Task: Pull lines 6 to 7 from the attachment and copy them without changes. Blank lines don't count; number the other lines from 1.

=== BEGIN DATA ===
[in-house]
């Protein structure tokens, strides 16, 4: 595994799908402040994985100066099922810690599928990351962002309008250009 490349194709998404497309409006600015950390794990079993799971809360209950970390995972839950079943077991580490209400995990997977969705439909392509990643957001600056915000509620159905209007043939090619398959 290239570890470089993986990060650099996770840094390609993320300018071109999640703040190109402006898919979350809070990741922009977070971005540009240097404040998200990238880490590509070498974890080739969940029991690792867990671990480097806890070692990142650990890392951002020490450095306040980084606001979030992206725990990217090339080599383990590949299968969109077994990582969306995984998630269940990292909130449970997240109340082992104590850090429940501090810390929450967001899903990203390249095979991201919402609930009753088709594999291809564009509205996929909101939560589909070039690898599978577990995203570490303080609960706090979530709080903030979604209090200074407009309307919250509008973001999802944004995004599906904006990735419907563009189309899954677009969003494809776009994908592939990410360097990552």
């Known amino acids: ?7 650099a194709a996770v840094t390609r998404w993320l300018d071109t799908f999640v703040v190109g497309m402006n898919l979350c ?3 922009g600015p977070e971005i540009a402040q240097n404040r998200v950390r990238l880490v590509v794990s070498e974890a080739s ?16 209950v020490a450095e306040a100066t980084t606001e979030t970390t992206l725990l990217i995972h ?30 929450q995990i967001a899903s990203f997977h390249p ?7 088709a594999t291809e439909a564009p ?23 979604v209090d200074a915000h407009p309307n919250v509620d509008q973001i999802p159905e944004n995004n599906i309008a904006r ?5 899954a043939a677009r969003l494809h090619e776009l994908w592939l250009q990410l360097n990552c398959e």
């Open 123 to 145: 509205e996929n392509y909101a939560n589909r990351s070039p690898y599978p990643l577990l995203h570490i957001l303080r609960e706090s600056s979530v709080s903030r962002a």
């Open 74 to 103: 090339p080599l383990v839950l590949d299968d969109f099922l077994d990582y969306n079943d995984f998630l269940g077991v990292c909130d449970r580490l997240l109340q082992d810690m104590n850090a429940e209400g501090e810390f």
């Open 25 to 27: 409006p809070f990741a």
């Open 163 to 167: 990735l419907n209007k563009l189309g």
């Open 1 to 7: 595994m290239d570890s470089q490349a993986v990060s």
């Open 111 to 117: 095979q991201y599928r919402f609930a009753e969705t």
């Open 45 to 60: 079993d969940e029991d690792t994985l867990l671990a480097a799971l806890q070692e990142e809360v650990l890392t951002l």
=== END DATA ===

């Open 25 to 27: 409006p809070f990741a």
């Open 163 to 167: 990735l419907n209007k563009l189309g």